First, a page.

Where’s the best place for a monogram: pocket or sleeve?
Stitch it to your forearm like an embroidered tattoo—your mettle will never be questioned again. After all, a monogram says more about an individual than his initials. Introduced in the 17th century to ensure the linens of noble families were not stolen or misplaced during laundry, monograms remained largely unseen until a century ago, when men began appearing in public without jackets. Yet attention was still only called to them when needed. One story goes that President John F. Kennedy and his aide David Powers shared laundry services while travelling. “One time Jack told me, ‘Dave, you’ve got one of my shirts on,’” Powers recounted in Esquire. “I tried to bluff it, but he pointed to the pocket, and there it was—a blue J.F.K.” When he was noted a second time to be wearing a presidential shirt, Powers pled innocence and pointed to the bare pocket; in this instance the monogram was on the sleeve, about an inch above the cuff. As in matters of oratory and international relations, follow Kennedy’s lead: a monogram suggests a well-crafted shirt and a sophisticated wearer, but the air of refinement disappears when you place your logo in an ostentatious location, like the tip of your collar or the edge of your cuff. Instead, have it placed where it will be seen only when your jacket is removed. Options include: the upper quadrant of the breast pocket, above your cuff, on your shirttail or even a few inches above the waist. Of course, there are times when one does want to call some attention to one’s initials. Proudly emblazon them upon your luggage, golf bag or steamer trunk. The overstatement will be appreciated the next time you’re standing at the baggage carousel.
Do we have to let Richard into the basketball pool? Nobody likes Richard.
I do not wish to condone incivility, but I have worked with the occasional Richard—as well as a Dick or two—and I understand how repugnant they can be. So yes, when March Madness erupts, feel free to exclude any Richard in your workplace. It is an entirely legal course of action, says Nicholas Bala, a law professor at Queen’s University, “just like you can have a party and invite nine out of the 10 people in your office.” The rules of a basketball pool amount to a contract between private individuals, meaning it is not governed by human-rights legislation. So participants can not only be excluded for being a Richard, but also based on race or gender. A “girls’ only” basketball bet? Go ahead, although Bala notes such discrimination might be “reprehensible on a moral level.” If litigation does occur, it is usually because the rules of an office pool are unclear. It took two years for 19 Bell Canada employees to collect a $50-million lottery prize after co-workers, who had been contributors to a previous lottery scheme, claimed they were owed a share. To be safe, write out the rules of any office pool at its inception, covering items like what happens when participants are away, advises Bala. That way, you’re prepared when a Richard acts like a Dick.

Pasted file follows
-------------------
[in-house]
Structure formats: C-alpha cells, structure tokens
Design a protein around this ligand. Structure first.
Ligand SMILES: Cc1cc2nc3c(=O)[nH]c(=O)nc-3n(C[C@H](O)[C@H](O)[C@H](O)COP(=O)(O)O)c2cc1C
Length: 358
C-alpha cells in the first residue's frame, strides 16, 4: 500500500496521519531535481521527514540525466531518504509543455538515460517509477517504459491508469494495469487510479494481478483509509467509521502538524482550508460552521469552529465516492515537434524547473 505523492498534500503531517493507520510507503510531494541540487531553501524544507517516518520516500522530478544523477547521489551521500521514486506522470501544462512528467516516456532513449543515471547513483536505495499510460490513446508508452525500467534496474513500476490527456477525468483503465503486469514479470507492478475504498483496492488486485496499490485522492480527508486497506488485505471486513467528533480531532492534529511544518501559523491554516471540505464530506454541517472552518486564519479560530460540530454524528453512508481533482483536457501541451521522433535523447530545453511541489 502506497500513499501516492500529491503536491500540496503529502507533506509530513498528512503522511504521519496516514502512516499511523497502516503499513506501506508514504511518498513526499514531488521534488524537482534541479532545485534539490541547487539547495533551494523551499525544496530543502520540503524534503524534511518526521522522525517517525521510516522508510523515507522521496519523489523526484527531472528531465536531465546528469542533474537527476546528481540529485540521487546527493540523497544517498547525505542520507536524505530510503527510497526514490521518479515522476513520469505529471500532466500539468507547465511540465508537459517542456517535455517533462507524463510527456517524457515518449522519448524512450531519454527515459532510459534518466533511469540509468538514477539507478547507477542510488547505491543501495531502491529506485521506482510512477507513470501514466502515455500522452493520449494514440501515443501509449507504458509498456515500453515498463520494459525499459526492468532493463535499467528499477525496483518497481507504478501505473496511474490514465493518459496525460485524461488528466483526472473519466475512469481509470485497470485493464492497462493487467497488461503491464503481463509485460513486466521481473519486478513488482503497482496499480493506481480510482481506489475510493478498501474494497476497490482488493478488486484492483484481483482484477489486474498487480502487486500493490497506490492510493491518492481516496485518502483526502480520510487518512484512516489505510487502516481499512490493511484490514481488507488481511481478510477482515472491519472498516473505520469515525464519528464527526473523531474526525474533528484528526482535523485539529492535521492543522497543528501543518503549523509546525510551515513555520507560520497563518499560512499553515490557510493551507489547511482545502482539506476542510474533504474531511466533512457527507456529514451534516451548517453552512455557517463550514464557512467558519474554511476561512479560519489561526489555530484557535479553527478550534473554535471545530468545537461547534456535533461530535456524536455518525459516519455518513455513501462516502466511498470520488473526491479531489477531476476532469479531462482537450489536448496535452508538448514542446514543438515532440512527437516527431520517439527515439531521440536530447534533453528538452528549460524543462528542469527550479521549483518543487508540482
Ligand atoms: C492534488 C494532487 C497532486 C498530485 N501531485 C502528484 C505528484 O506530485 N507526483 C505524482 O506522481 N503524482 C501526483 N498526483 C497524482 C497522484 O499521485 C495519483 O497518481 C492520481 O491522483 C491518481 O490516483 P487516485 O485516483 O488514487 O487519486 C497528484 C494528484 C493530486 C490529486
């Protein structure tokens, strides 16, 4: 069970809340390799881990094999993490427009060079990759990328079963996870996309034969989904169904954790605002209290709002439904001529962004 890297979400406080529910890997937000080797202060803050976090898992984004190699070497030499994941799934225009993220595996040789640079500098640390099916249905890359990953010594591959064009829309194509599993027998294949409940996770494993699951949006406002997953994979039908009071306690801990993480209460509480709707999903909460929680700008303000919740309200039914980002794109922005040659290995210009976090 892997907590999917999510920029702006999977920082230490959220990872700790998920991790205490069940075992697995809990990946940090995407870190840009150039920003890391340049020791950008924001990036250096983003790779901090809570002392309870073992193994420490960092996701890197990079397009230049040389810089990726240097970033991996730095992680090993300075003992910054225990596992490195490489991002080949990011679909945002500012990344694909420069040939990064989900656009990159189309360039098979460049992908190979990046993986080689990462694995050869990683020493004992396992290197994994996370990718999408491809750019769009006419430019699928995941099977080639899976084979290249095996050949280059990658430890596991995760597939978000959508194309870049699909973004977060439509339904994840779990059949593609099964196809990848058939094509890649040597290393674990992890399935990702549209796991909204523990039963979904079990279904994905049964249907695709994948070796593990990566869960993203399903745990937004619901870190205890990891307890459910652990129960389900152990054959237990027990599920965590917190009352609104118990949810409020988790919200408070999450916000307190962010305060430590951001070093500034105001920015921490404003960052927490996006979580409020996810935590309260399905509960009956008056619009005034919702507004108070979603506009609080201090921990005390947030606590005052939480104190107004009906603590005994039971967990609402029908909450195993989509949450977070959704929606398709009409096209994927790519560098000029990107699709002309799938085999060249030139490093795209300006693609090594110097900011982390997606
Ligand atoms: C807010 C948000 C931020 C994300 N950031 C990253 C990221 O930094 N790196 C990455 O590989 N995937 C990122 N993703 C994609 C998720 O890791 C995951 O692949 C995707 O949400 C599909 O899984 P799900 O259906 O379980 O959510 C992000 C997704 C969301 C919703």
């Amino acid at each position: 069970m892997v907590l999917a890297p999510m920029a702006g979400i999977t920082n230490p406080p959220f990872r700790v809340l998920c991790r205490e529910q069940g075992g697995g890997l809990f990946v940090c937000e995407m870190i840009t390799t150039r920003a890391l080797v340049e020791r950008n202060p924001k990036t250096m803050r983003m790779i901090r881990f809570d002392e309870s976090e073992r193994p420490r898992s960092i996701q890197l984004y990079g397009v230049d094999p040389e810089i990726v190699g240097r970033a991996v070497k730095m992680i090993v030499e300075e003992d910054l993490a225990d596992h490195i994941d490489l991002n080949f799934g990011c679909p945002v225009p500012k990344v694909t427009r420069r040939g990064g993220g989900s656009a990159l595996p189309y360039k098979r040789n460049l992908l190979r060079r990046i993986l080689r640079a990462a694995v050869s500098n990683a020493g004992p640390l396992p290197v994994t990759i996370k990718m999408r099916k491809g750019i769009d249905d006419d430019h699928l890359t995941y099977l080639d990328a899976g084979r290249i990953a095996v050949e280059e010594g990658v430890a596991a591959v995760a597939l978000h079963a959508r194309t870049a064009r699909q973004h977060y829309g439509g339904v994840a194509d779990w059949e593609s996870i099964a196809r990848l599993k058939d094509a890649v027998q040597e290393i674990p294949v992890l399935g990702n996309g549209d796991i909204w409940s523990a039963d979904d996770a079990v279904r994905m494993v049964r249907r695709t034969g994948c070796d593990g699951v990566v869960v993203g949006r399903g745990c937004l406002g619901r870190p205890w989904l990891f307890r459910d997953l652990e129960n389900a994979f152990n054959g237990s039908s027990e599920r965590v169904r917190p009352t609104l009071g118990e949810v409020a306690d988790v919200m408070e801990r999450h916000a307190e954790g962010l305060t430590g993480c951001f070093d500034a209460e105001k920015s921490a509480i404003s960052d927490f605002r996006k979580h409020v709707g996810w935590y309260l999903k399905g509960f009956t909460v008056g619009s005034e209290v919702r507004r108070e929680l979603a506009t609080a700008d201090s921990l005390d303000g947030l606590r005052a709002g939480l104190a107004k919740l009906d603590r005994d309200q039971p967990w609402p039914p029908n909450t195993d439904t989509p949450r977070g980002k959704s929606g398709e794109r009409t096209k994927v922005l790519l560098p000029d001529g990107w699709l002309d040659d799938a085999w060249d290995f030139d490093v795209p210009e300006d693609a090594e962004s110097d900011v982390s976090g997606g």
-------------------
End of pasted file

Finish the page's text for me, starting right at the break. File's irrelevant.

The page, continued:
Did Ireland have any snakes even before St. Patrick?
We owe St. Patrick for many things—he is, after all, the patron saint of paralegals—but ridding Ireland of snakes is not one of his accomplishments. Scientists suggest the island was, at least since the most recent ice age, simply too cold. But the Irish should not be too cocky about their serpent-free status. New Zealand and Iceland also lack snakes. And neither of those countries ruin perfectly good beer with food dye to celebrate it.
Other saints: Matthew the Apostle (accountants), Catherine of Alexandria (lawyers), Michael the Archangel (bankers), Julian the Hospitaller (carnies), Cajetan (unemployed)